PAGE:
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How Seekers from Different Faith Traditions Can Live in Harmony—Some Insights from Vedanta

By Swami Satprakashananda

25 February 2017

(Excerpts from “Vedanta for All” by Swami Satprakashananda (published by Sri Ramakrishna Math, Chennai, India)

“Vedanta views different religions as so many ways to the same goal. Vedanta does not antagonize any religion. Vedanta takes the position that the same God can be viewed by individual minds in different ways. There are sure to be various conceptions of God. The human mind can conceive of God according to its capacity. The Hindus may conceive of God in one way. Mohammedans in another way, the Christians in another way, the Jews another way. Each of these conceptions can lead the spiritual aspirant to the ultimate goal.

As the aspirant advances in spiritual life his understanding of spiritual truth also develops. His conceptions change until the Supreme is realized. Until then he is bound to be in the realm of ideas and conceptions. But each and every view of God helps him to reach God, if he is sincere. He cannot have a complete idea of God as long as his mind is not ready for this. For example: You can have many photographs of this house from different angles, but none of these photographs will be a complete picture of the house. Still, each picture will stand for the whole house. Similarly, your view of God may be very partial, but even that view of God stands for the entire God.

Whatever conception you may form of God according to your mental capacity, that very conception will help you to move towards God if you are sincere. But if you want to reach God quarrelling about the conceptions, then it will take you a long time to reach the Goal. So, Vedanta doe not quarrel about the conceptions. Vedanta wants to see if you are anxious and eager to reach the Goal, instead of quarrelling about the way. The way is not a safe place to live forever.

Vedanta does not make any converts in the ordinary sense. To Vedanta, real conversion is the transformation of the inner nature, lifting a person from a lower to a higher plane. You cannot be converted in the true sense simply by a kind of external purification, changing of name or dress. Vedanta says whatever you may have, if it is worthy of the name ‘religion’—and in these days the word ‘religion’ is used very loosely—it is something that will lead to the Supreme Goal, otherwise it is not worthy of the name of religion.

By its very definition religion is a particular way to the Supreme Goal. It is the search for the eternal. So, Vedanta says that whatever religion you may profess, you will not have to change that course. But you should not think that your course is the only course and all other courses are wrong. You follow your own course without quarrelling with others about the course. If you are sincere, you will reach the Goal.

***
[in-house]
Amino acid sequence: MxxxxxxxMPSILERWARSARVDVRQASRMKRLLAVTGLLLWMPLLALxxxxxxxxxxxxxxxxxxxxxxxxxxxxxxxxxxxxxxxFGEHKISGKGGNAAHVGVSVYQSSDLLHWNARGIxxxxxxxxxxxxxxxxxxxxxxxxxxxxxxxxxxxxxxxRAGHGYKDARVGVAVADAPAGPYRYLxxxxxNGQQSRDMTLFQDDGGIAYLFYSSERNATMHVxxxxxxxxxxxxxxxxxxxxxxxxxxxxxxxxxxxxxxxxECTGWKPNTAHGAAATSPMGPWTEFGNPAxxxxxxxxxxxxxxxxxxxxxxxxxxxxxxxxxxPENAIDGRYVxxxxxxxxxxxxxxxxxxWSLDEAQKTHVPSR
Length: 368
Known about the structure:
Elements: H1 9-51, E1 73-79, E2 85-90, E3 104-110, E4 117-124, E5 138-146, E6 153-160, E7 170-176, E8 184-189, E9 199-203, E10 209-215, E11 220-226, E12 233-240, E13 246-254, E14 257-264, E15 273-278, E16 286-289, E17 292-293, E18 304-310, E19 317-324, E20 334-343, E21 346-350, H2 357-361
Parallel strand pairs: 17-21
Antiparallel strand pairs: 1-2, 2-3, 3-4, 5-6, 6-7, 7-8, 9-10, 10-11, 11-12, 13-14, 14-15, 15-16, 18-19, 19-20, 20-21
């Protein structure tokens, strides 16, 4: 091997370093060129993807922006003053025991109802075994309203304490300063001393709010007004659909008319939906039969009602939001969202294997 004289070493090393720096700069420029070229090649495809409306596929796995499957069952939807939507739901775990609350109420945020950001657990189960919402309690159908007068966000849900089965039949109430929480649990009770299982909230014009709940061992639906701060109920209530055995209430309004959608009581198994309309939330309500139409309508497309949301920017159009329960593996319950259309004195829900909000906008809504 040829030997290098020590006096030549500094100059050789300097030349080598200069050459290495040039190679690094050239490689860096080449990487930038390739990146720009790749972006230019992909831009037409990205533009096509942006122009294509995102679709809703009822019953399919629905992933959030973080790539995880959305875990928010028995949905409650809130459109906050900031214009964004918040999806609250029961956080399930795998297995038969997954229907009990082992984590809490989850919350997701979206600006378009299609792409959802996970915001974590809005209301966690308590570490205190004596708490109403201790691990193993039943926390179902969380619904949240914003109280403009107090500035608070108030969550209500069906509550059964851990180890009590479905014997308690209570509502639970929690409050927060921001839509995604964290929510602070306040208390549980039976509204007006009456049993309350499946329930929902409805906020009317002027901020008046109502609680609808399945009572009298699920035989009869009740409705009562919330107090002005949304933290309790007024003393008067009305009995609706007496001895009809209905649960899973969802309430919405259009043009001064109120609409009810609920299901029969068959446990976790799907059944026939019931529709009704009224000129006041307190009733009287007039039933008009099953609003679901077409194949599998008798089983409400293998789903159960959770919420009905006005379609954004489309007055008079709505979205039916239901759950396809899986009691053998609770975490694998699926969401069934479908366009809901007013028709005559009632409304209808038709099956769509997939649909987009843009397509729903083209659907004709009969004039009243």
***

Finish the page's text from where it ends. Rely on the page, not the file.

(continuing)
One and the same God is being worshipped by the Christians in the churches, by the Jews in the synagogues, by the Mohammedans in the mosques, and by the Hindus in the temples. The main thing is knowing how to reach Him.

Until you reach Him you are sure to be in the domain of suffering and darkness. There may be occasional glimpses of a little joy, but mainly it is a state of bondage because your knowledge is limited, and any limitation is bondage. This is the view that Vedanta has towards all other religions of the world.

Any follower of any religion can be a Vedantist if he accepts these basic principles: that the Supreme Goal can be reached not just in one way but in different ways if you are sincere, if you cultivate devotion to the Ideal and inner purity. Whatever external form of worship you may adopt, you cannot reach the Goal unless you fulfil these basic conditions. All the great spiritual leaders, if you analyze their teachings, want you to fulfil these two conditions of spiritual life. Whatever you may do, if you do not fulfil these two conditions you are not on the spiritual path. Dogmas, doctrines and practices will not be adequate unless they help you to develop your inner purity and also your spiritual eagerness for devotion to God.”

“Vedanta is actually a foundation of all religions, but is seldom recognized as such. They are so buried under doctrine and dogma they fail to recognize two truths—that human nature is essentially divine, and that there is one Supreme Being. No religion can deviate from these truths. But in Vedanta these two truths find the clearest expression, so much so that all doctrine, dogmas, and practices that Vedanta suggests are based on these. Vedanta never loses sight of these two truths. These truths are more or less implicit in all religions, but they find the clearest expression in Vedanta.

Vedantic teachers have kept these truths in the forefront of the mind. This is why they have cosmic vision to see all religions as so many paths leading to the same goal. Vedanta is above all fanaticism and dogmatism and intolerance.

[…] According to Vedanta, the direct perception of Reality is the goal of life. Then the entire human life must be keyed to that Supreme Goal. Vedanta also suggests that there are different courses to reach the goal. The courses differ and the spiritual aspirant can follow the course according to his or her development […]

[…] Vedanta views all religions as the expression of one eternal religion, as so many paths or ways to reach the goal.”

 (Swami Satpurushananda [1888-1979] was a disciple of Swami Brahmananda, a disciple of Sri Ramakrishna Paramahamsa. Author of numerous books, he established the Vedanta Centre in St. Louis, USA, in 1938, where he remained till his passing at the age of 91.)